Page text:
“Appthority has discovered a significant data exposure vulnerability we’ve named Eavesdropper that affects almost 700 apps in enterprise environments. The vulnerability is caused by including hard coded credentials in mobile applications that are using the Twilio Rest API or SDK. By hard coding their credentials, the developers have effectively given global access to all metadata stored in their Twilio accounts, including text/SMS messages, call metadata, and voice recordings.”

“The CIA multi-platform hacking suite ‘Hive’ was able to impersonate existing entities to conceal suspicious traffic from the user being spied on, the source code of the malicious program indicates, WikiLeaks said on Thursday. The extraction of information would therefore be misattributed to an impersonated company, and at least three examples in the code show that Hive is able to impersonate Russian cybersecurity company Kaspersky Lab, WikiLeaks stated.”

“I was surprised to learn that most state bars have no requirement that prosecutors believe that the evidence they present is truthful. Courts have ruled that even if prosecutors knowingly break the law — such as detaining defense witnesses in order to prevent them from testifying at trial — those who were harmed by the prosecutors’ behavior have no recourse.”

“It’s important to keep in mind that all of this was kept secret from the American people from 1963 to the 1990s. Military personnel who participated in the autopsy were required by superior officers to sign written secrecy oaths, in which they promised never to reveal what they had seen during the autopsy. If it hadn’t been for Oliver Stone’s movie JFK, everything surrounding the autopsy would have remained secret, most likely forever.”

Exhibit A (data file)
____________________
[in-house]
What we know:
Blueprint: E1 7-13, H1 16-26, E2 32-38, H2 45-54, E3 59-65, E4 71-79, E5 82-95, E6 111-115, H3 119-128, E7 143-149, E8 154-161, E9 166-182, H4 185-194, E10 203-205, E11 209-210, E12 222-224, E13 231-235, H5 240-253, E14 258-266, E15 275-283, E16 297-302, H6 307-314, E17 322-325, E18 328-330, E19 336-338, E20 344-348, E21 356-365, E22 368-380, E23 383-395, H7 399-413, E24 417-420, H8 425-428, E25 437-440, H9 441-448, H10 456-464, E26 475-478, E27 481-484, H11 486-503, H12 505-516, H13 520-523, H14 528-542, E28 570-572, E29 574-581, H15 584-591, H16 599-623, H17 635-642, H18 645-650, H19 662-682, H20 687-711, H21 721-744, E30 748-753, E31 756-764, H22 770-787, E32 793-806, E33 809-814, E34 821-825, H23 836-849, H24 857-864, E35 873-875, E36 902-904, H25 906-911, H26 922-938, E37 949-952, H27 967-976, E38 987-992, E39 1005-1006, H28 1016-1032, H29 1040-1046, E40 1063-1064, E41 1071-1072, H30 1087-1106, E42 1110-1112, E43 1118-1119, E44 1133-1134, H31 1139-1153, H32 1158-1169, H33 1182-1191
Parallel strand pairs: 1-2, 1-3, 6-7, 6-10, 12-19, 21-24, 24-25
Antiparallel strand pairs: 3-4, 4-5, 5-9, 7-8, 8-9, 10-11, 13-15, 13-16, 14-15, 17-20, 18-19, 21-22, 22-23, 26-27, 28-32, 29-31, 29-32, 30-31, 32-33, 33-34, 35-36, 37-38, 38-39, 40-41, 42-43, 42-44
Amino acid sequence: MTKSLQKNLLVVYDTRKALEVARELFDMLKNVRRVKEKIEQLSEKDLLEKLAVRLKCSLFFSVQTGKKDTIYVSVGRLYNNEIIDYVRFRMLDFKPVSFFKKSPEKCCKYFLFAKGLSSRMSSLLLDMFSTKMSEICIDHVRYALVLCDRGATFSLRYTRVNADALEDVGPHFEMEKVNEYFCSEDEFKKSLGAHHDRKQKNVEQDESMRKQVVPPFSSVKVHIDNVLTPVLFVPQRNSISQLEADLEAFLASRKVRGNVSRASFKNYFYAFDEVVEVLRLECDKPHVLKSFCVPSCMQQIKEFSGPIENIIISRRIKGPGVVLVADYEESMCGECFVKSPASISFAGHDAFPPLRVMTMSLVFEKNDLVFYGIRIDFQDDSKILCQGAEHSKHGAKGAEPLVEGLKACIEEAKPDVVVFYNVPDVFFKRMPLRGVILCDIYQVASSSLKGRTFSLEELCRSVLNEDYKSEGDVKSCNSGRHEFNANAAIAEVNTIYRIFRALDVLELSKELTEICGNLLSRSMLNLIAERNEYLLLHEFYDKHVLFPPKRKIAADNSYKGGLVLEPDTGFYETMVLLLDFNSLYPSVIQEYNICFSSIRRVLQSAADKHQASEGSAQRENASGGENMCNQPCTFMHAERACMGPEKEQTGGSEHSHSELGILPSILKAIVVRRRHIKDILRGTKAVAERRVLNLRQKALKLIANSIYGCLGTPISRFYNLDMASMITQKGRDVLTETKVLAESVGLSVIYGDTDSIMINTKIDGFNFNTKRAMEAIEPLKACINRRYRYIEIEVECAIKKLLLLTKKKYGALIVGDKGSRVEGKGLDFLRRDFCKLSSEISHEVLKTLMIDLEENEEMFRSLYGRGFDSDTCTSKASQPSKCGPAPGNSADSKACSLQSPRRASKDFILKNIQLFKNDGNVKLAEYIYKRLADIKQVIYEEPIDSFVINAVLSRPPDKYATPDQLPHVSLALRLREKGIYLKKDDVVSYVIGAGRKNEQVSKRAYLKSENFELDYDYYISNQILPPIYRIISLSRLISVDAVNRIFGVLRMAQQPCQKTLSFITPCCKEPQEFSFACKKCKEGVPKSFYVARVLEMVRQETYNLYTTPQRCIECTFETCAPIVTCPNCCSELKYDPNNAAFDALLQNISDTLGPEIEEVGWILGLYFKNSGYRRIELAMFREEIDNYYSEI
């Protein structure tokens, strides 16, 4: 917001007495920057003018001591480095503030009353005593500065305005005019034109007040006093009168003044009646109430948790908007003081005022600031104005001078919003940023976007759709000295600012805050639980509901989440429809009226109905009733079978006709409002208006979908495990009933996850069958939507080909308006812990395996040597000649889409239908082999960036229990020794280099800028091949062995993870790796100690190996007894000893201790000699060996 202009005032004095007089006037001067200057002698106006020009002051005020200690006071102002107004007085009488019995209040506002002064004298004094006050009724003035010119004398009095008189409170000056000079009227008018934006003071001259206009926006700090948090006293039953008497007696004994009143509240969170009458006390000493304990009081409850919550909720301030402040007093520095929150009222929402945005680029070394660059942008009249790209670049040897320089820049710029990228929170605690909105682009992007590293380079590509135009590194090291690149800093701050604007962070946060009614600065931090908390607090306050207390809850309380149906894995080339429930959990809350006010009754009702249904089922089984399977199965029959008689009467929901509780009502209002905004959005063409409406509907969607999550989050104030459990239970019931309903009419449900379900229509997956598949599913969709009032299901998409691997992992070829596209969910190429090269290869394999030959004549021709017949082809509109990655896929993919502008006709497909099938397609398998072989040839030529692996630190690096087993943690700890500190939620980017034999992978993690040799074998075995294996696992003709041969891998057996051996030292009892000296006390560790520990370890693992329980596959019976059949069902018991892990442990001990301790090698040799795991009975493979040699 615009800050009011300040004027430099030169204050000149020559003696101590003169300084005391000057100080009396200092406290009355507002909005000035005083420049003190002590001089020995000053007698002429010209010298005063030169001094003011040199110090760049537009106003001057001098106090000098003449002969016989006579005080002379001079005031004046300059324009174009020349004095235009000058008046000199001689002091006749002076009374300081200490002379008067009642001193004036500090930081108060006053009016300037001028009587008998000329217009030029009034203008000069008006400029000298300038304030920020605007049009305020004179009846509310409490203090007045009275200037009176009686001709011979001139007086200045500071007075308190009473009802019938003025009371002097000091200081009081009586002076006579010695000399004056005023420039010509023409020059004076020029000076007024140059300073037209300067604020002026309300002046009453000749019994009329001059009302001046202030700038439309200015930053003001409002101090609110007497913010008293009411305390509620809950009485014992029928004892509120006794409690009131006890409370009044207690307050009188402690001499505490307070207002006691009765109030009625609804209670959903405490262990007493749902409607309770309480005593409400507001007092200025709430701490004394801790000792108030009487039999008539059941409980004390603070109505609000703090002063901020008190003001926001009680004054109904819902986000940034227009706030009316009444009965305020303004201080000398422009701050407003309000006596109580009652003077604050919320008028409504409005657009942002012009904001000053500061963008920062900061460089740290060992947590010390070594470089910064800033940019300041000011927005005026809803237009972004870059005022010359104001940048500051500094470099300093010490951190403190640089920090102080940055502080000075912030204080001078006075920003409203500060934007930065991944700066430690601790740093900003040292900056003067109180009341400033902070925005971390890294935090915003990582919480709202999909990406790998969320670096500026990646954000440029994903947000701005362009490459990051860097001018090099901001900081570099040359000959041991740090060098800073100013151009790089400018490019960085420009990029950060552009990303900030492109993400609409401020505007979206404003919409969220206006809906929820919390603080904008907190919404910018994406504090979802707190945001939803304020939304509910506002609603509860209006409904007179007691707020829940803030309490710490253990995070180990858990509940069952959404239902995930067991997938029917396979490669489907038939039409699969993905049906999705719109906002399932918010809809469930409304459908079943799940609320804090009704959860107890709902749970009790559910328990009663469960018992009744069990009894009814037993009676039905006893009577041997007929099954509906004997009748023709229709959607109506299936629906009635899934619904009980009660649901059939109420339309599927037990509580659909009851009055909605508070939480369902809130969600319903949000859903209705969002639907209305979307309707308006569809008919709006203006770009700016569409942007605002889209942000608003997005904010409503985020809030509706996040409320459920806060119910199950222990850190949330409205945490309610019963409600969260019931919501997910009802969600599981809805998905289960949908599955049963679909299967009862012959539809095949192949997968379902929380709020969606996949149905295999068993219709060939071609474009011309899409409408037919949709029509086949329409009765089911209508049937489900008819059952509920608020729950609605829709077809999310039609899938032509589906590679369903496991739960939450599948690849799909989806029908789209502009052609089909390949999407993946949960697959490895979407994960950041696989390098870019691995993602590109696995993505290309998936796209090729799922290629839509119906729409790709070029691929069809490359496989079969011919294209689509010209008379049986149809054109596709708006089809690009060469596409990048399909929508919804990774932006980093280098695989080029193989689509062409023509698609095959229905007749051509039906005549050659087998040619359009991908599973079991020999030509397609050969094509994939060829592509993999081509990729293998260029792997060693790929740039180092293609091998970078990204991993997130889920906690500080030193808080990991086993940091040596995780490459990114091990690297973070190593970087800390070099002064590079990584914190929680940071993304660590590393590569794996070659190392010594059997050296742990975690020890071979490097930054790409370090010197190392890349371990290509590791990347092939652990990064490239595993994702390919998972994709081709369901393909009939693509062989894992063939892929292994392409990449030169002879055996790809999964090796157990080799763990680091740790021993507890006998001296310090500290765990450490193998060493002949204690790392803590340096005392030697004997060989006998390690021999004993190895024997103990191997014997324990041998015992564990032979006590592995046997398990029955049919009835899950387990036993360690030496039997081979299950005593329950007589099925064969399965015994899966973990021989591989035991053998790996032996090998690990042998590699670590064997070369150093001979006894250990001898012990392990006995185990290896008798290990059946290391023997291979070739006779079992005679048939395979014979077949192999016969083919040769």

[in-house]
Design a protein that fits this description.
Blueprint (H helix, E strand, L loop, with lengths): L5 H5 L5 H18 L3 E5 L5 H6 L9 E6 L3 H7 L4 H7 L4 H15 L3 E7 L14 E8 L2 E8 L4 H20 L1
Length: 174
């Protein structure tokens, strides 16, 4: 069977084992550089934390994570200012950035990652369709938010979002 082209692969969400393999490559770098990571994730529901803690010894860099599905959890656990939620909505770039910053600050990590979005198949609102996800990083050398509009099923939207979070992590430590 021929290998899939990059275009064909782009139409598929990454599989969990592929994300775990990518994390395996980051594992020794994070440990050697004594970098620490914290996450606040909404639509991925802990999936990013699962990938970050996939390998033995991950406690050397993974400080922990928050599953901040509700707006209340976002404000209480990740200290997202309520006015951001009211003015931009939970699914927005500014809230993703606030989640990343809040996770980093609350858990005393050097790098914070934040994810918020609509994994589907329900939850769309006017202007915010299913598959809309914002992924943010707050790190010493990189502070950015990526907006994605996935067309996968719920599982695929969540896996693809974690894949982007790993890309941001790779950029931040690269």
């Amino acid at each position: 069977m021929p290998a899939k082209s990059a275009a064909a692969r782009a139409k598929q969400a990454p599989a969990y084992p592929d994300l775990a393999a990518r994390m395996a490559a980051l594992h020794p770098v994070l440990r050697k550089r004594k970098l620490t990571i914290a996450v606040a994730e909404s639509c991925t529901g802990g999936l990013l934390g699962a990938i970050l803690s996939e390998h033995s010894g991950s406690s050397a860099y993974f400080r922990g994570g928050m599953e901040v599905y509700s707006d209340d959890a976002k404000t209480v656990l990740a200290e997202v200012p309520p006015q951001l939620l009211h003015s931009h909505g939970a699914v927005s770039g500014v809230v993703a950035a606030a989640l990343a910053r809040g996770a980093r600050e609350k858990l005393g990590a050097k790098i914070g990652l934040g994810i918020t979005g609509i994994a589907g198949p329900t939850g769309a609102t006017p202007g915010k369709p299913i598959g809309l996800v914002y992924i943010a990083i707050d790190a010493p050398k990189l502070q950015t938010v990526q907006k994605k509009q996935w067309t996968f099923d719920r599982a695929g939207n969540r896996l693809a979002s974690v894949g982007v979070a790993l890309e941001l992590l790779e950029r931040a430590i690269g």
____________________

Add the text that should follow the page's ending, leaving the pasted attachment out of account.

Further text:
“The records that the National Archives just released included a secret FBI analysis on civil-rights leader Martin Luther King. The thrust of the analysis is that King was a communist, and an immoral communist at that. Does the FBI analysis on King have any bearing on the Kennedy assassination? Actually, yes. That’s where critical thinking, circumstantial evidence, inferential thinking, and common sense come into play.”

“Pennsylvania is in the midst of a budget crisis. Seeing New Jersey success is raising revenue from Internet gambling, the Pennsylvania House of Representatives suggested that to avoid a tax increase, they would follow suit. This week, after years of haggling, Gov. Tom Wolf signed a measure to make Pennsylvania the fourth state to legalize online gaming – a move that is projected to bring in $426.3 million in tax revenue from 2017 to 2022. Michigan is also considering making a move, and guess who the chief opponent is?”